cjbanning: (Bowed Head)
After spending two posts in a discussion on orthodoxy and heresy inspired by an exchange between Roger Olson and Eric Reitan on the orthodoxy of universalism, it seems that it makes sense to say a little bit, however briefly, about that particular test case.

First off, no, universalism is not a heresy--at least not by any meaningful standard. (Which is to say, "doctrine that Roger Olson thinks is wrong" is excluded as a workable definition of heresy, for the reasons given in my post Orthodoxy, Heresy, and Truth and in Reitan's On Heresy and Universalism. Although Olson does gives a more comprehensive and coherent, if still not totally persuasive--is there really a consensus, even just among evangelicals, that universalism is heresy?--account of his position from which universalism counts as heresy in a more recent post, Some random thoughts about that awful but necessary word "heresy") Robin Parry does a good job of working through the question of whether universalism is heretical in a series of posts (1 2 3 4 5), and persuasively comes to what seems to be the unescapable conclusion that the Church Catholic has never denounced universalism as such, although it has denounced the teaching of some particular universalists, such as Origen, while praising others, such as St. Gregory of Nyssa.

For reasons about which I've posted before, I am not a universalist, or at least don't identify as such. Indeed, my reasons are more or less the same as Olson's (rooted in an account of human freedom), so it could be said that we share the same position: that universalism can be put forth as a "pious hope" but not a "confident belief." But Olson comes off as almost stridently anti-universalist, while I am deeply sympathetic to universalism.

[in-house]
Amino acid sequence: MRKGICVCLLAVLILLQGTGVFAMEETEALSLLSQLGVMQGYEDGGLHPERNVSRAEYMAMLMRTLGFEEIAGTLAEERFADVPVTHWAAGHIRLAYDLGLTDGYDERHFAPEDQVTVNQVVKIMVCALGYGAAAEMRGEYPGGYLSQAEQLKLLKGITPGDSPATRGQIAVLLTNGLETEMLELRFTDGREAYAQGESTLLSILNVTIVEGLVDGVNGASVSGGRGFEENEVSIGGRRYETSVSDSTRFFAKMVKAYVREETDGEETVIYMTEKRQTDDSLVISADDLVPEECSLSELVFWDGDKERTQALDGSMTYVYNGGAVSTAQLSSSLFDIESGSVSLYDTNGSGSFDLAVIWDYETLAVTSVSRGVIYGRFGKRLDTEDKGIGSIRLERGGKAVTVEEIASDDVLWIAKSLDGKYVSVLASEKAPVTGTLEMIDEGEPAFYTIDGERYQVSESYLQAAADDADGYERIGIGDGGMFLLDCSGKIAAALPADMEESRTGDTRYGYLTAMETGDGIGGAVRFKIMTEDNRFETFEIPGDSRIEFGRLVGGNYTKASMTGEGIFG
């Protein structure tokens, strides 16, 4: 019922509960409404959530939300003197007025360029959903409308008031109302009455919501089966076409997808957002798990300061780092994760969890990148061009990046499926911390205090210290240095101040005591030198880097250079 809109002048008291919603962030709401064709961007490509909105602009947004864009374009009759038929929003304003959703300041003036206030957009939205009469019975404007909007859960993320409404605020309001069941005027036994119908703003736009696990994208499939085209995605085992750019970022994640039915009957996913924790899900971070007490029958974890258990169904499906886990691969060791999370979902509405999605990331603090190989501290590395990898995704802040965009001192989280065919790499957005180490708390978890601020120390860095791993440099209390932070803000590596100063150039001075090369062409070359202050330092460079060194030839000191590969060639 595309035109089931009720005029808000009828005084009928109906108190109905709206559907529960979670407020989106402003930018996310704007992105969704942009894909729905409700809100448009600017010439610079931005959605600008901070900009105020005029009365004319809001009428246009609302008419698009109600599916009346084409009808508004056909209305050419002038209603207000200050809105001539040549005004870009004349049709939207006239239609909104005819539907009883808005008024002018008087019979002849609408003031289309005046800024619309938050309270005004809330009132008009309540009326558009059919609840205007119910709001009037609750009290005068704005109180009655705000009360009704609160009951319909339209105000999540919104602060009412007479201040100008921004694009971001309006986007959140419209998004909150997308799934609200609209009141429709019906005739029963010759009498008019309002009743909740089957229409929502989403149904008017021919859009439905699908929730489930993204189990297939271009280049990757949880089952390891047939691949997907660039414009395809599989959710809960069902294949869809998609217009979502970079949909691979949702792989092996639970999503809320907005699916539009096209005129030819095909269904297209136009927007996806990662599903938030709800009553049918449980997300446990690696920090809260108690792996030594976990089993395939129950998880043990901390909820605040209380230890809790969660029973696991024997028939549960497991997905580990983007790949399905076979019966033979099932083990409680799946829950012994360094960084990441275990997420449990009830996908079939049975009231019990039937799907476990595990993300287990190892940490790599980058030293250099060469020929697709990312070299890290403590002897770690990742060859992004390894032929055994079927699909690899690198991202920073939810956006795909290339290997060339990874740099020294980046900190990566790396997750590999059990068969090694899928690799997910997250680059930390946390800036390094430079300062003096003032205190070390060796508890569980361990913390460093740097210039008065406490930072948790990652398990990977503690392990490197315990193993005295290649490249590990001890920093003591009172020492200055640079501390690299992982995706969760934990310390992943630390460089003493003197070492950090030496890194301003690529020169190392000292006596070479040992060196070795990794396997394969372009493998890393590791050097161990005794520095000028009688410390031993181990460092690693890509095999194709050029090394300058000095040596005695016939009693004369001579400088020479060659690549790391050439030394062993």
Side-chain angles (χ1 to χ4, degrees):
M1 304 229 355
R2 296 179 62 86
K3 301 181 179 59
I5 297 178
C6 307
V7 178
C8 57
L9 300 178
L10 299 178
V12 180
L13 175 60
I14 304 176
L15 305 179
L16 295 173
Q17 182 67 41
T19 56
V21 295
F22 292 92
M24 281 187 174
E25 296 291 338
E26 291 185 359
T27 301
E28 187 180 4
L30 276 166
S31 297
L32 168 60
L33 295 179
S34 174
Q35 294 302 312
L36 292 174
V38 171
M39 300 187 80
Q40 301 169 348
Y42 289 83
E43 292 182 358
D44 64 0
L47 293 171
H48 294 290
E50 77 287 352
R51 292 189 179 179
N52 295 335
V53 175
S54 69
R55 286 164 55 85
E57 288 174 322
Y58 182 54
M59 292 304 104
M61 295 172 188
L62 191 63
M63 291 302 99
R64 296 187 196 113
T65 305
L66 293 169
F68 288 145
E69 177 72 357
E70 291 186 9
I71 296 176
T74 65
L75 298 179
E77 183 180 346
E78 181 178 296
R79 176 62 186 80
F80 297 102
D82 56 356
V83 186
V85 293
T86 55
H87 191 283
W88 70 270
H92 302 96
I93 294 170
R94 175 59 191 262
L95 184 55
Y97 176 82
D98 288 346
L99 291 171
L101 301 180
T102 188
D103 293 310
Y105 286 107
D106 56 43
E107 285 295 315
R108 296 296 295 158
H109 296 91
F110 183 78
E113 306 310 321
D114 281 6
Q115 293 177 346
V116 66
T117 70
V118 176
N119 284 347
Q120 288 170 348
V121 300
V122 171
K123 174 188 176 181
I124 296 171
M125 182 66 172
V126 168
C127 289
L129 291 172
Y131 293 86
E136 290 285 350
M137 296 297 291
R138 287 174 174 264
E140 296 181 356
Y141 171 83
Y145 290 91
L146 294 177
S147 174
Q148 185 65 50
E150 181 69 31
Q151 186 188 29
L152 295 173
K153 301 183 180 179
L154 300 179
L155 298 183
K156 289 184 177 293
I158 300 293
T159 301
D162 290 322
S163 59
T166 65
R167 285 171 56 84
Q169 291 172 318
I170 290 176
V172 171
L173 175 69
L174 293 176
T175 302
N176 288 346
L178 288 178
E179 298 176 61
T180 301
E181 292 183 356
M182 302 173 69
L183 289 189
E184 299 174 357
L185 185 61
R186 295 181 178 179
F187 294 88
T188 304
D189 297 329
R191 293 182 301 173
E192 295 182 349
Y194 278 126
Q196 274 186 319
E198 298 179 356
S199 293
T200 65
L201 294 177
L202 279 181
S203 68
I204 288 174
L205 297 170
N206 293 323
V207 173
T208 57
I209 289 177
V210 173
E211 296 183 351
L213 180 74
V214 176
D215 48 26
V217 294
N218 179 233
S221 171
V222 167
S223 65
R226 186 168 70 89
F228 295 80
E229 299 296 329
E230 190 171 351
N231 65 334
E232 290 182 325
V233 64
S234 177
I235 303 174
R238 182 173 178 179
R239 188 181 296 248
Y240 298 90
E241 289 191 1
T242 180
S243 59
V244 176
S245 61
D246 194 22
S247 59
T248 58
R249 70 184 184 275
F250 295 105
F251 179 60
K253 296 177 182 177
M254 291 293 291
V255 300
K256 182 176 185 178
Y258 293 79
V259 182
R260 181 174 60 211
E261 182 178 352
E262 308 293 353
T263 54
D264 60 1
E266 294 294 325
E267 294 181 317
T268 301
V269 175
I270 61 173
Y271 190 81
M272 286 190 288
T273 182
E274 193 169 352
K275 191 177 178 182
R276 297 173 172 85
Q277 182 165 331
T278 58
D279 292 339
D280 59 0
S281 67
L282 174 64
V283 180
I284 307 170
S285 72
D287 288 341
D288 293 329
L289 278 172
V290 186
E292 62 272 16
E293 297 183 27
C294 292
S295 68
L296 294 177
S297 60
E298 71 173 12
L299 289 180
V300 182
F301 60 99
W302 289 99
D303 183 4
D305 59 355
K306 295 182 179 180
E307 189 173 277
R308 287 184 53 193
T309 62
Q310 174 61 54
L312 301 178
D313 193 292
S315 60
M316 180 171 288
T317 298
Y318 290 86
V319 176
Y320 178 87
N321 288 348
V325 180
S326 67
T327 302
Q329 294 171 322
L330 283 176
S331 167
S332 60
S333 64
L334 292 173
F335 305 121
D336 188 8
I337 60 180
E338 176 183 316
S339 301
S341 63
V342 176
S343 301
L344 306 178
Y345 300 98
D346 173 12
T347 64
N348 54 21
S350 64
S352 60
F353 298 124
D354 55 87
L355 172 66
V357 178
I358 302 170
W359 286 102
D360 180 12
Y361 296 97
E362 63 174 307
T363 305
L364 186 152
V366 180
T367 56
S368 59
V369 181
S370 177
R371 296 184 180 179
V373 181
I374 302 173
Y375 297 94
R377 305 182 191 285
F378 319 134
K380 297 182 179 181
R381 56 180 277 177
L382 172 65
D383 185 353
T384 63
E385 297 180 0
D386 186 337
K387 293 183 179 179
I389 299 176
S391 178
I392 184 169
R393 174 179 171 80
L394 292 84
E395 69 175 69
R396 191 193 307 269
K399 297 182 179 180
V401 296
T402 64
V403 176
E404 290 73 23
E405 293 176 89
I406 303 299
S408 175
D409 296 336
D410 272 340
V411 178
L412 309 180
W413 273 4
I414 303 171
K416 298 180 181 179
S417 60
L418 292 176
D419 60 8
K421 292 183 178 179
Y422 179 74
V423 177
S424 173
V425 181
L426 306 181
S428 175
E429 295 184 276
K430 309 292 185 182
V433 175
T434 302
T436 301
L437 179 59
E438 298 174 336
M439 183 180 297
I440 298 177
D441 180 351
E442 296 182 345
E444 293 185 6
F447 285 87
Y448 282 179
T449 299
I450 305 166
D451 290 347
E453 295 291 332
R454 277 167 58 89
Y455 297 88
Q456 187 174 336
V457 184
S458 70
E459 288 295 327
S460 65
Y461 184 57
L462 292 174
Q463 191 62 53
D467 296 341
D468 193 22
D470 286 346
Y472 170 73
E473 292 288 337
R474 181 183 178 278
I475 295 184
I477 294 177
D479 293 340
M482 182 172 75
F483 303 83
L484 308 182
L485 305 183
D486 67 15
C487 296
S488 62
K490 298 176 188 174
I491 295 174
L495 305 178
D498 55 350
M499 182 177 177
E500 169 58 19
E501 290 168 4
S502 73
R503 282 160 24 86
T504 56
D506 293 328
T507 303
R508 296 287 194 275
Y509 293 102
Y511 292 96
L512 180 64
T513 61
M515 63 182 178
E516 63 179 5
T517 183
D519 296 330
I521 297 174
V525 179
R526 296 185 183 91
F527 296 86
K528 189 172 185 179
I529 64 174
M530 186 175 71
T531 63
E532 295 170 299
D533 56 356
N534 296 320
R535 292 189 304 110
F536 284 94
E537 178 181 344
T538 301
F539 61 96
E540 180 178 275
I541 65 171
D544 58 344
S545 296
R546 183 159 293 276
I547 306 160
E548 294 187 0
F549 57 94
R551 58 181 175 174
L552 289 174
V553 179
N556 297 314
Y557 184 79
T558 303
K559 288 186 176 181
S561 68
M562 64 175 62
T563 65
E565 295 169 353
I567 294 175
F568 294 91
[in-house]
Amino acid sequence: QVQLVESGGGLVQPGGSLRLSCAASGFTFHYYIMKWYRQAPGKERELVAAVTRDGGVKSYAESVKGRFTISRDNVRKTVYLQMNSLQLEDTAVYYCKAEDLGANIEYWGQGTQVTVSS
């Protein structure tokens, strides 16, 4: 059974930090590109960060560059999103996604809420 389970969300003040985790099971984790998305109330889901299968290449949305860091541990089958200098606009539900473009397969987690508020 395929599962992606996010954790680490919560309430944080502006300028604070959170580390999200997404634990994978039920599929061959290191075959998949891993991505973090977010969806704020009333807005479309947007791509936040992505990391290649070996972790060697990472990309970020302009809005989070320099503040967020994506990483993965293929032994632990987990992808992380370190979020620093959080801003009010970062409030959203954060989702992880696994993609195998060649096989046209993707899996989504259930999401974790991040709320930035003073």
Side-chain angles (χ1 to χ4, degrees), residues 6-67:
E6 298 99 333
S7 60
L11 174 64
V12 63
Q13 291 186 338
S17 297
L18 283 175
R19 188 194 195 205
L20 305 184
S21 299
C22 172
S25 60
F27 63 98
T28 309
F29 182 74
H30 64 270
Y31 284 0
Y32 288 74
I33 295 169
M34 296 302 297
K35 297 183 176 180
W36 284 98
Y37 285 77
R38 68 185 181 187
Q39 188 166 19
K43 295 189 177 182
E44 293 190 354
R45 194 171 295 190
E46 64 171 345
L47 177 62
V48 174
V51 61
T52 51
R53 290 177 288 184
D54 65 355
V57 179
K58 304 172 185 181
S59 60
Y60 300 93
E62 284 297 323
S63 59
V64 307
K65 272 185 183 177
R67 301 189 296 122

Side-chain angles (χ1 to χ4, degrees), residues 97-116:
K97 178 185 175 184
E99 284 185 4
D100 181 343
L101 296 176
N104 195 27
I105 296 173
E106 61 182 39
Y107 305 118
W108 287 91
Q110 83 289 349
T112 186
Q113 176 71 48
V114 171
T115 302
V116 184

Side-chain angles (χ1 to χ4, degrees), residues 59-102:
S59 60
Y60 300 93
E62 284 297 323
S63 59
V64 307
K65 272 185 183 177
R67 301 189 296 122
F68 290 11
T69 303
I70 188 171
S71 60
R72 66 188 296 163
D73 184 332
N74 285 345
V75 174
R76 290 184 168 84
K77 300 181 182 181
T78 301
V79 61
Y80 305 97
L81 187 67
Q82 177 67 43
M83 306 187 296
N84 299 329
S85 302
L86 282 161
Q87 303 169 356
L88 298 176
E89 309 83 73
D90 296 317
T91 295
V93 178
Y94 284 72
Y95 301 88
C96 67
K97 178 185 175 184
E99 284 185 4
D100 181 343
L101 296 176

Why the difference? It seems to be a disagreement over what, exactly, a "pious hope" looks like. For Olson, it almost seems to be little more than wishful thinking:
Of course, someone might argue that, in the end, every creature will freely offer love to God and be saved (e.g., Moltmann). I would just call that optimism. There’s no way to believe that true other than a leap of optimistic hope.

Whereas I would find that claim quite likely, given what we know about God's nature from scripture, reason, tradition, and experience, while at the same time agreeing with Olson that asserting as fact that everyone will be saved goes beyond our possible knowledge. But I'm a skeptic in general: asserting as fact that the sun will rise tomorrow goes beyond our possible knowledge. (For one thing, we might blow up the world in the meantime.) As the great author Robert Anton Wilson said, "I don't believe anything, but I have many suspicions."

So the question becomes: how confident is overconfident?

Do I believe that, if there is a an afterlife, then everyone will experience salvation within it? At the end of the day, the answer to that question depends upon an epistemological dilemma: what separates a belief from a mere suspicion on the one hand and an overconfident assertion of knowledge on the other?

A Case for Hell?

Tuesday, 26 April 2011 09:19 pm
cjbanning: (Trinity)
I mostly agree with the argument that Ross Douthat puts forth in his New York Times editorial, A Case for Hell, with two major exceptions:

1. Douthat writes: